Buying Guide

Best Power Drill for Your Projects

Corded and Cordless Drill Types
person using a corded Ryobi drill on a wooden frame

There is a wide range of corded power drills and cordless power drills to choose from, but the best power drills for you depend entirely upon the tasks you want to tackle. Choose from drill-drivers, hammer drills, right angle drills and impact drivers. Each type of drill has a variety of features so that you can pick the one with all the best options suited for your job.


Tip: Consider your comfort. The drill's grip should have an ergonomic design, be comfortable to hold and shouldn't be so heavy that your hand will fatigue quickly.


Drill Types:

  • Drill-driver: An all-purpose power tool for drilling holes and driving screws.
  • Hammer drill: Similar to standard drills but with a hammering function to drill into masonry.
  • Right-angle drill: The perfect option when drilling and driving in tight spaces.
  • Impact driver: A driving tool that uses quick change bits and more torque than a standard drill.
  • Rotary hammer drill: Engineered specifically to drill holes in concrete and other masonry materials.
Power Drill Features
person in a home Depot apron using a Ryobi power drill

When shopping for the best power drills for your needs, whether that's a corded drill or a cordless drill, consider the chuck capacity for each type of drill. The chuck on a corded or cordless drill is the cylindrical clamp that holds the rotating piece (usually the drill bit) in place. Loosen the chuck to remove and replace the drill bit with another size, and tighten to secure it back in place.


  • Corded vs. cordless: A corded tool usually costs less and delivers more powerful torque while a cordless tool or cordless drill with a battery provides freedom and convenience, and powers up with a simple recharge of its lithium-ion batteries. Tip: To avoid unexpected delays at the start of a project, charge your cordless drill's battery after every job. Many cordless power drills include an LED light to indicate when the battery has finished charging.
  • Drill size/chuck capacity: The size of the chuck determines the maximum drill bit diameter allowance for that drill. The most popular is 3/8-inch diameter; with a lightweight design and lightweight-use capacity is 1/4-inch, while heavy-duty capacity uses a 1/2-inch diameter.
  • Speed and power: Revolutions per minute (RPM) determines the speed of the corded or cordless drill. The higher the RPM, the lower the torque delivered from the power tool. More amperage equals a more powerful drill. A lower amperage corded or cordless drill will not be very powerful and may be more suitable for household use or occasional shop use. An amp motor in a higher amperage corded or cordless drill model is much more powerful and is better suited for heavy-duty jobs or professional use because of its powerful motor.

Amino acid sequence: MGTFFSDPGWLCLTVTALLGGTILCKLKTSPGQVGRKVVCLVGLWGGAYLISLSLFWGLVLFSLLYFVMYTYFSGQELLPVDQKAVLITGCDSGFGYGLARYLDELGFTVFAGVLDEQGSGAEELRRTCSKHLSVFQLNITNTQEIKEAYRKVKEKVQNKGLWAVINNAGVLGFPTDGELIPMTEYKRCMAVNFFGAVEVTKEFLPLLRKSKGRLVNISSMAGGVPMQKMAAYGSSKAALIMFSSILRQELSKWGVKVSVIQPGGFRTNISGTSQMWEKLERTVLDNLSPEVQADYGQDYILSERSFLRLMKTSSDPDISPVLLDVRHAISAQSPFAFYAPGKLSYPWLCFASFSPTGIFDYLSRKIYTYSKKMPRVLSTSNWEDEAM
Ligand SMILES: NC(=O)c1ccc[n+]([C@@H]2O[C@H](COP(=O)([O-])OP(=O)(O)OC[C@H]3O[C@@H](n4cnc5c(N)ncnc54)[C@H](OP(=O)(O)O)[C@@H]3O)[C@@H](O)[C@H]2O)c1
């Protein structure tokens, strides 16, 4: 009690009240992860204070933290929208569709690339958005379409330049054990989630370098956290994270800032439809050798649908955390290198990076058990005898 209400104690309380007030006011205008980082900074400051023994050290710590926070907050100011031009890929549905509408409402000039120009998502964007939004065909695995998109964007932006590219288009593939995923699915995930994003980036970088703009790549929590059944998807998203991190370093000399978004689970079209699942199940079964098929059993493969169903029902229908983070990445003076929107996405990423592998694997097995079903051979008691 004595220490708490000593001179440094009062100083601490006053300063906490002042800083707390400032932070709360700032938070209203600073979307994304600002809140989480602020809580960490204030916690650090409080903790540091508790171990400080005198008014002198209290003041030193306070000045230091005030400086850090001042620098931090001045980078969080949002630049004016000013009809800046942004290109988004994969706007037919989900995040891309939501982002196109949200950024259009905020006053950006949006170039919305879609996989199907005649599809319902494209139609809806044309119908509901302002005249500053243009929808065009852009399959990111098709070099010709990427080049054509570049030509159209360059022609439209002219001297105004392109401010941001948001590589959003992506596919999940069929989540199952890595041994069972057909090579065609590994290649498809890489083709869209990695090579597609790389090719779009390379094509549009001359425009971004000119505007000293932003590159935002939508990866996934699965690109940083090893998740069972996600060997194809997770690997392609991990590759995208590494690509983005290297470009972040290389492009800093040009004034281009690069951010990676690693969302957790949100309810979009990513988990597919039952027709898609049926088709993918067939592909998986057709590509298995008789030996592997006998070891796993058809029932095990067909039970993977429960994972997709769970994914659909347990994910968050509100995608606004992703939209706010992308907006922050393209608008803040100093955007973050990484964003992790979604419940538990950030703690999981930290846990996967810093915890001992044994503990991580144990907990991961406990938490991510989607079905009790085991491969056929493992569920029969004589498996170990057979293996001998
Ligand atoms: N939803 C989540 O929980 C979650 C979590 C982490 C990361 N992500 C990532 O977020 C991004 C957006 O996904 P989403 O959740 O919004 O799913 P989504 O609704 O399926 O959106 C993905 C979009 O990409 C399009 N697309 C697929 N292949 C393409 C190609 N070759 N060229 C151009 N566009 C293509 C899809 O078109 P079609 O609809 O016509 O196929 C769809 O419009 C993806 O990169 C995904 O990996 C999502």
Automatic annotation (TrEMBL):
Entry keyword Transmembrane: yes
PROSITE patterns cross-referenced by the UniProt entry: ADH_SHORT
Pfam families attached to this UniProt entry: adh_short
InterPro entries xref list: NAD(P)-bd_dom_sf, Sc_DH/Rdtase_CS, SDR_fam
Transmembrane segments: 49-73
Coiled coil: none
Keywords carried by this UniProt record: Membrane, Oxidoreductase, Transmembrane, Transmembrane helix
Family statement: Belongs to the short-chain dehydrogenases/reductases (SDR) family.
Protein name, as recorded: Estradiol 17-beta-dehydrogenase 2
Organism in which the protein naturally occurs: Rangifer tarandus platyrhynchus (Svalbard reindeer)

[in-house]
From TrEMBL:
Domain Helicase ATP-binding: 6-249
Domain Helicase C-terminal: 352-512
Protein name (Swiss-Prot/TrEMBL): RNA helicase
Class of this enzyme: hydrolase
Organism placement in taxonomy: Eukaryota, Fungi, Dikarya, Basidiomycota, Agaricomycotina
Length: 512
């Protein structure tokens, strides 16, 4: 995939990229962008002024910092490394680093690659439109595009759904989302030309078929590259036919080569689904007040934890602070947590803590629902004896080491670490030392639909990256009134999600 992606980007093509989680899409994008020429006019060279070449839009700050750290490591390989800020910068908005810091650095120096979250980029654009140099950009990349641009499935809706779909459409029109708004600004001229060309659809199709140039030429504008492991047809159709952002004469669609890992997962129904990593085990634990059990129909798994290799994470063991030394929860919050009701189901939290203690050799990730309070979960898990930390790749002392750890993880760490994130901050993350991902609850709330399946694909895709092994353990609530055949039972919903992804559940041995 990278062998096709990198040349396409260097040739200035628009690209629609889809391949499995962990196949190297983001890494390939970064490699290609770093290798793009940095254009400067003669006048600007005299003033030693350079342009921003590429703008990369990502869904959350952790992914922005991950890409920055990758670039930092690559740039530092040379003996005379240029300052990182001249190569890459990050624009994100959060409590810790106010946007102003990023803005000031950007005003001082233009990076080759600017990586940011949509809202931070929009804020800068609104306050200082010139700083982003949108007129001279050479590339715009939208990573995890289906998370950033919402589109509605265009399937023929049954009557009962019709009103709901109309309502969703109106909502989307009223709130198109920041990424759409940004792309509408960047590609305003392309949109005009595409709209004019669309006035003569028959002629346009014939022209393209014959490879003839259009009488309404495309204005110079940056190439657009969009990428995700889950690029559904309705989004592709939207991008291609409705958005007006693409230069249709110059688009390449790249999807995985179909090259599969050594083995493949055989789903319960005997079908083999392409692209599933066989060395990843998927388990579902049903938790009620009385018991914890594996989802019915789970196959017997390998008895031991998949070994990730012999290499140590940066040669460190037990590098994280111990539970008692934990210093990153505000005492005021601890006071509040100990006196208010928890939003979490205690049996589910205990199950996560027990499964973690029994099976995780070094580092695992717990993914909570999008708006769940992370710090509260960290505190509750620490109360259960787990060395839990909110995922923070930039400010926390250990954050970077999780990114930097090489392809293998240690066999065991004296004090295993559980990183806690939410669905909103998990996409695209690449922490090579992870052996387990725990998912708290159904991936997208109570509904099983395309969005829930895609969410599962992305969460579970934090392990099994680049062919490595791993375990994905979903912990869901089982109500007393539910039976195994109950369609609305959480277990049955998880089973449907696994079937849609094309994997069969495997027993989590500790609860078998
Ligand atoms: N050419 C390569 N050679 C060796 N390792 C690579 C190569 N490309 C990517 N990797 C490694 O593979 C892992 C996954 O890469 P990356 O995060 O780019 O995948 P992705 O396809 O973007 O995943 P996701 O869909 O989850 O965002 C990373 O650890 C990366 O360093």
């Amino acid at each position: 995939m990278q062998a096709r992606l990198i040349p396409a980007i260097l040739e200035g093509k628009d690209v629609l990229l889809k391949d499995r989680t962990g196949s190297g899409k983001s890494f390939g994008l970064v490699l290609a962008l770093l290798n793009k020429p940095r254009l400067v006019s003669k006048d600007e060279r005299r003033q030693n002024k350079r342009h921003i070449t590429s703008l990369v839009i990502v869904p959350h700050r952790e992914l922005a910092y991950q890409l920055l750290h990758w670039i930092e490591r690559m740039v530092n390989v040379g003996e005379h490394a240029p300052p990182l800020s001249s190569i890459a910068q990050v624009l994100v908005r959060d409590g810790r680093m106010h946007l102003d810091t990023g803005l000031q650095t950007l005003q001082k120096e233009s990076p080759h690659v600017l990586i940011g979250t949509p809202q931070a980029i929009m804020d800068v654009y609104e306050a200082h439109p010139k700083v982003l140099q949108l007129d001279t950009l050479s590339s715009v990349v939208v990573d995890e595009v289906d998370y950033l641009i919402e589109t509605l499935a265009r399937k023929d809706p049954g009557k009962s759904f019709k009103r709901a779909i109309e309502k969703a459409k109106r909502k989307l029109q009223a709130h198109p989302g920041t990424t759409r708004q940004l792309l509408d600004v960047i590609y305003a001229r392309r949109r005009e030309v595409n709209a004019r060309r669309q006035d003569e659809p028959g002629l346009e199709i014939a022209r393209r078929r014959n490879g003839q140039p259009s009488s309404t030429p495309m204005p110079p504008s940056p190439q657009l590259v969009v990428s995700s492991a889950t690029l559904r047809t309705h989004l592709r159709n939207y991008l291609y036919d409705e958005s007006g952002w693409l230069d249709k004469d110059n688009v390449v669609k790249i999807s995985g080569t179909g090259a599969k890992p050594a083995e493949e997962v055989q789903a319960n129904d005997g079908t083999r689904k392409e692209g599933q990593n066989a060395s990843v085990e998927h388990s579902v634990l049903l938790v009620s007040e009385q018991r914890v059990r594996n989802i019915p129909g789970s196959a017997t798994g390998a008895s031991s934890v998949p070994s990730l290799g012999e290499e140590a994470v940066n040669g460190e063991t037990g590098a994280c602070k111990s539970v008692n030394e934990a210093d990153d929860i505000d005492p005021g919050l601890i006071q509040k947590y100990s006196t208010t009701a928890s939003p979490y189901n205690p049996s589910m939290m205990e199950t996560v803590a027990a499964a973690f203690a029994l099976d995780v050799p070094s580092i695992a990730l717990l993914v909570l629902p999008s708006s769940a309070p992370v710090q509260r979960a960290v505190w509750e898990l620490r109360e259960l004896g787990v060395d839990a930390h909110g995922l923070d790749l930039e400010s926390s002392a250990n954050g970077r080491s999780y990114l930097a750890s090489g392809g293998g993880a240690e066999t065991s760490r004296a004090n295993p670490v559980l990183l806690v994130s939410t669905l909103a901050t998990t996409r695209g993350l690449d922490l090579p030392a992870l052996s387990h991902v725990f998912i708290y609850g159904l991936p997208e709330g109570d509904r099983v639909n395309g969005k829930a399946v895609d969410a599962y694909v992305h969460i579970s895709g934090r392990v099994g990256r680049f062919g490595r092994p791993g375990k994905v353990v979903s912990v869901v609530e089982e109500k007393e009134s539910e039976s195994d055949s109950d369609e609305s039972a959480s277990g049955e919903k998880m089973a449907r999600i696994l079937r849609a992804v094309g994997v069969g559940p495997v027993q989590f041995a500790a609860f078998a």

• Variable speed: A variable speed motor has multiple speed settings that can be changed using a single switch or trigger, usually near the grip. Variable speed motors allow you to increase or decrease the torque.
  • Reverse mode: Convenient when removing screws or backing out when boring holes.
  • Keyless chucks offer the convenience of quick bit change operation while keyed chucks offer a better bit grip for a larger corded or cordless drill. 1/4-inch hex or collect chucks require a 1/4-inch hex drill and allow for quick change drill and drive bits.
  • Platforms: For those loyal to a particular power tool brand of corded or cordless drill, or if you already own more than one power tool of the same brand, consider the battery-charging platforms available within that brand. These remove the need for more than one battery since one charging platform is shared among multiple tools of the same brand.


Tip: A cordless drill with a brushless motor offers more torque than a traditional motor. Choose a cordless drill with a brushless motor and lithium-ion batteries or a rechargeable battery for extended run times and longer lifespans.

Power Drill Bits
person changing out the drill bit on a power drill

Different jobs require different bits for your corded or battery-powered cordless drill, and knowing which to use will ensure greater consistency and quality.

Twist
A person holding a drill with a twist drill bit

Twist

  • Drills clean holes smaller than 1/2-inch wide
  • Ideal for drilling metal and wood surfaces
Masonry
Masonry drill bit lying on wood

Masonry

  • Carbide-tipped
  • Cuts smaller holes
  • Drills through tough surfaces including brick, concrete, stone and plaster
Hole Saw
a hole saw drill bit

Hole Saw

  • Drills holes larger than 1-1/4-inch wide in tough materials
  • Ideal for drilling wood, plastic and metal
  • Makes precise circular cuts
  • Helpful for cables, piping and tubing
Spade
person using a power drill with a spade drill bit

Spade

  • Drills holes between 1/4- to 1-1/2-inch wide
  • Cuts quickly and accurately
  • Ideal for drilling wood or plastic surfaces
  • Drilling reverses out, reducing likelihood of splinters
Auger
person using a power drill with an auger drill bit

Auger

  • Solid-center or expandable
  • Cuts both metal and wood
  • Clears debris from hole grip with hand brace
Brad Point
a brad point drill bit lying next to wood shavings

Brad Point

  • Makes clean holes smaller than 1/2-wide in wood surfaces
  • Also know as pilot-point bits
Forstner
a forstner drill bit

Forstner

  • Drills holes with flat bottoms 
  • Ideal for drilling holes that can’t go all the way through thin surface
Countersink
a countersink drill bit sitting on wood

Countersink

  • Drills shallow holes in wood surfaces 
  • Makes pilot holes 
  • Sets screws flush with surface 
  • May feature adjustable stop collars